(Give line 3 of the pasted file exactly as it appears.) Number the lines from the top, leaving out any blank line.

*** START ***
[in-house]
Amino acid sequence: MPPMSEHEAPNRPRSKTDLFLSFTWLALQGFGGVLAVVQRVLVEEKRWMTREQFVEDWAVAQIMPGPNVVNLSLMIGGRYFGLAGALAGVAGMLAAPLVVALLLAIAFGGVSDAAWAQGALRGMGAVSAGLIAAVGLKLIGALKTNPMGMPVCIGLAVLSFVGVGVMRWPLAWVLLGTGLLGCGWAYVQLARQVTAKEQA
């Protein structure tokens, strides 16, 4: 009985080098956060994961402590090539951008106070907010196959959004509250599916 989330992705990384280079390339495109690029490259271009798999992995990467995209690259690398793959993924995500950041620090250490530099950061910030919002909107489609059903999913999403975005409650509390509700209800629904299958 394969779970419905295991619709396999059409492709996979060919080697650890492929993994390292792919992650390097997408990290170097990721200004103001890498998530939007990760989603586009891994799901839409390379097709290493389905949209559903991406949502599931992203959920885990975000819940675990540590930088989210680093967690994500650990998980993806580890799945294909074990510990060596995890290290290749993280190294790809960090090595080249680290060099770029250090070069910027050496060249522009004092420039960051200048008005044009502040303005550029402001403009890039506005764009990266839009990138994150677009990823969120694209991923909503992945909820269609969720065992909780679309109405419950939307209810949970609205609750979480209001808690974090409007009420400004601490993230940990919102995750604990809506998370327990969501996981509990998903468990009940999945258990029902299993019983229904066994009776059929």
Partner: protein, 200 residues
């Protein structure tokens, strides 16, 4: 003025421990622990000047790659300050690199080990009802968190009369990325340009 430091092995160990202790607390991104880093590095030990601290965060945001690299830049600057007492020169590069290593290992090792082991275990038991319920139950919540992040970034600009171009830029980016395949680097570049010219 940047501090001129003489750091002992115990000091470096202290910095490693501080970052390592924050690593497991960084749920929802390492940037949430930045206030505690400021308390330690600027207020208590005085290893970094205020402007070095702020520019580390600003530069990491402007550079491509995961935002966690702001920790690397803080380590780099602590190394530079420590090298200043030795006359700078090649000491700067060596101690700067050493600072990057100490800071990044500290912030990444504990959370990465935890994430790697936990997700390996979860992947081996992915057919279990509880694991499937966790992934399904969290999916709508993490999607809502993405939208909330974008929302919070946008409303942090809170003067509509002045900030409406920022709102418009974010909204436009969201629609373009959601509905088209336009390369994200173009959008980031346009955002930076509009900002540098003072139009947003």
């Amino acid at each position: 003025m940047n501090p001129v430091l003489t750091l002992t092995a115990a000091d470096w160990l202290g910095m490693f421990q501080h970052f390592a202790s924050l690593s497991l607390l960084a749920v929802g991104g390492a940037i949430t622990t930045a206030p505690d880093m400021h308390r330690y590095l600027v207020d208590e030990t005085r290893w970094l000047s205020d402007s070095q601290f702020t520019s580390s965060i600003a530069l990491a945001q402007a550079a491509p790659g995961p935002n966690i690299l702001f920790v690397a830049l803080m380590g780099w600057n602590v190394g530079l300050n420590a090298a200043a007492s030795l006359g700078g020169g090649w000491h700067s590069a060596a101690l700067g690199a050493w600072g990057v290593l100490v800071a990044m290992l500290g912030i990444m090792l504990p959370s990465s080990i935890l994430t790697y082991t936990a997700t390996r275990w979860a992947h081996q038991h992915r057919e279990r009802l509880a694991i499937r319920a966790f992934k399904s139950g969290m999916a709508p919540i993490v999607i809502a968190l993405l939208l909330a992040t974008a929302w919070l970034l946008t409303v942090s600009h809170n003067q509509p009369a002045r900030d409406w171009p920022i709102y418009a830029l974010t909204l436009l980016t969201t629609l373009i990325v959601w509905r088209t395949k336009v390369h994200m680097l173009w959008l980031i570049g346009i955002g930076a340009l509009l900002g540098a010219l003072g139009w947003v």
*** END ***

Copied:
């Protein structure tokens, strides 16, 4: 009985080098956060994961402590090539951008106070907010196959959004509250599916 989330992705990384280079390339495109690029490259271009798999992995990467995209690259690398793959993924995500950041620090250490530099950061910030919002909107489609059903999913999403975005409650509390509700209800629904299958 394969779970419905295991619709396999059409492709996979060919080697650890492929993994390292792919992650390097997408990290170097990721200004103001890498998530939007990760989603586009891994799901839409390379097709290493389905949209559903991406949502599931992203959920885990975000819940675990540590930088989210680093967690994500650990998980993806580890799945294909074990510990060596995890290290290749993280190294790809960090090595080249680290060099770029250090070069910027050496060249522009004092420039960051200048008005044009502040303005550029402001403009890039506005764009990266839009990138994150677009990823969120694209991923909503992945909820269609969720065992909780679309109405419950939307209810949970609205609750979480209001808690974090409007009420400004601490993230940990919102995750604990809506998370327990969501996981509990998903468990009940999945258990029902299993019983229904066994009776059929």